WATERVLIET — How lucky we are to have so many good Italian restaurants in the Capital Region, family-owned places that use recipes handed down over generations. Valente’s, near the Watervliet Arsenal and in business since 1958, is a good example.
The main entrance opens into the bar, which shares space with one large dining room. There is a second dining room, furnished with fewer booths and tables with Windsor chairs. Photos of Valente ancestors look down from the walls, and holiday lights make things cheery. It’s not fancy, but that’s not important. The food is good and that’s why you are there.
It’s family-friendly, which means large parties, tables pushed together, and the presence of young children. Despite all of this, the restaurant wasn’t too noisy when we visited.
Husband Eric and I made a reservation and found ourselves in a comfortable, cushioned booth shortly after our arrival on a busy night during the holiday week.
Our server was top-notch, moving smoothly between kitchen and tables, and always pleasant, even when interrupted mid-stride. He brought menus and drinks quickly, made recommendations and remembered to refill glasses.
Valente’s Italian Restaurant
WHERE: 315 Eighth St., Watervliet, 273-3314. valentesrestaurant.com
WHEN: 11 a.m. to 10 p.m. Tuesday to Thursday; 11 a.m. to 11 p.m. Friday; 4 p.m. to 10 p.m. Saturday and Sunday
HOW MUCH: $60.60, with tax and tip
MORE INFO: Credit cards: Master Card, Visa, American Express, Discover. Children’s menu. Wheelchair accessible. Large parking lot.
You’ll find whatever Italian dish you’re looking for on Valente’s menu, from mussels, calamari and antipasto appetizers to a wide variety of veal, chicken and seafood dishes, including classics like Sorrento, Marsala, and Francaise. Prices are moderate (Chicken Parm is $15.95) and servings are huge. In addition to the Italian meals, there are hot sandwiches and burgers, wings and pizza.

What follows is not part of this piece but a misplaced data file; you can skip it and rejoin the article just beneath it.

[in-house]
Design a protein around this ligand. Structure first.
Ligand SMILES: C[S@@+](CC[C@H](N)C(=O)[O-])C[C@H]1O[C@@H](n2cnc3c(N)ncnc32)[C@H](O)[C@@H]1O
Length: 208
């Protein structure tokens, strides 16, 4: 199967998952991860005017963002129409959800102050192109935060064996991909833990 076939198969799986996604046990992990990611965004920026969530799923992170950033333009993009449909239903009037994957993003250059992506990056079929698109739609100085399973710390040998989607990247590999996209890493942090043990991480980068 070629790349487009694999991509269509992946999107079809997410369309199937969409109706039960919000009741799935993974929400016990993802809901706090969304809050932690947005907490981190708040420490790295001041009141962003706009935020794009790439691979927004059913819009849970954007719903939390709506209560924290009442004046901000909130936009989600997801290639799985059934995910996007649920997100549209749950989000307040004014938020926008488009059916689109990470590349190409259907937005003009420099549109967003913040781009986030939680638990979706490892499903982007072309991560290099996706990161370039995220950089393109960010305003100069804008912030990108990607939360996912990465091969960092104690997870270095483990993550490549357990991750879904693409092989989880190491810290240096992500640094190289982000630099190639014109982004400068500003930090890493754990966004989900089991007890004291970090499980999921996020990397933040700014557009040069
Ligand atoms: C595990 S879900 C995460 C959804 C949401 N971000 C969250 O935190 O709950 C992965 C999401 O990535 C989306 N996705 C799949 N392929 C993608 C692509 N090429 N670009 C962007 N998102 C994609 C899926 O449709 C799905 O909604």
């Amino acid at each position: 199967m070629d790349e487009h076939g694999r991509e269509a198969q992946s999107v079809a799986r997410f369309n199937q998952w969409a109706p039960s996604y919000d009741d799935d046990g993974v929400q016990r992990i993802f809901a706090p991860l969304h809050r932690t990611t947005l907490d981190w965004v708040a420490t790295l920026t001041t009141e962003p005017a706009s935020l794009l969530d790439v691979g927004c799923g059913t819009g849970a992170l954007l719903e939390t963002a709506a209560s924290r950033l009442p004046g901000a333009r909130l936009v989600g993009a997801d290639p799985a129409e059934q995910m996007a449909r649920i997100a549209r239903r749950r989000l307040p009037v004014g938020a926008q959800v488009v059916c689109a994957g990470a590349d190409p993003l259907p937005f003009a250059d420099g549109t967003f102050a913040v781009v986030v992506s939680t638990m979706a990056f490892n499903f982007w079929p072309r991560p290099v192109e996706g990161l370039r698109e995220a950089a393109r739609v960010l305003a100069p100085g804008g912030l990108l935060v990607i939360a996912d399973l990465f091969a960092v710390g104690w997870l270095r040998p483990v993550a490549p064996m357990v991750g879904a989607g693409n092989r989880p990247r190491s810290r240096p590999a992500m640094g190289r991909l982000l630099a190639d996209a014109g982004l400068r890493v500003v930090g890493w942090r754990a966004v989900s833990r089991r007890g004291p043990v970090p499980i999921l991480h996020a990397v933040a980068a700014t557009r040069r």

Most meals include soup or salads, and bread from Perotta’s bakery in Troy. Valente’s garden salad is a mix of roughly chopped Romaine and iceberg, the lettuce refreshing and chilly as the plate. I liked the grape tomatoes and the thin slices of cucumber, and especially the full-flavored balsamic dressing drizzled over.
Hitting the jackpot
Eric hit the jackpot with the corn and bacon chowder. I could smell the bacon before the plate even hit the table. How was it? “Bacony,” he said, happily, lifting another chunk from the bowl.
Our waiter recommended chicken Bolognese ($16.95), and what a good combination it is, with layers of paper-thin, salty prosciutto between the crispy bread-crumb coating and melted mozzarella cheese.
The fine bread coating tastes nicely of the cooking oil without being greasy and frying keeps the thick cutlet moist. I mopped up the chunky sauce with tender chicken and could have eaten the whole dish. It was outstanding.
I opted for the potato and vegetable, and while the serving of broccoli was generous and well-cooked, I should have skipped the french fries. They were crispy and thick, right out of the fryer and delicious, but like potato chips, you can’t eat just one — and I didn’t.
Eric ordered exactly the kind of thing he shouldn’t: shrimp Francesca ($23.95). His cardiologist would applaud the shrimp, spinach, artichoke hearts and red pepper strips, but blanch at the bountiful, velvety Alfredo sauce, which, by the way, brought the well-cooked penne and everything else together admirably.
The giant butterflied pink shrimp lent a bit of iodine to the sauce, which clung to the pasta and the spinach and red pepper. Although Eric protested that he couldn’t finish, somehow he found room for dessert.
There is always a homemade cheesecake ($5.95) at Valente’s; that night’s flavor was chocolate chip mint. I thought the cheesecake was creamy but couldn’t get past the minty flavor. Eric had no such reservations, and finished it up.
After neatly boxing the leftovers, our server brought the tab for dinner, which came to $60.60, with tax and tip.
A friend visiting from Florida bemoans the total absence of places like Valente’s. I don’t see local, family-run Italian restaurants as a vanishing species, but we should be aware of what we have and support them.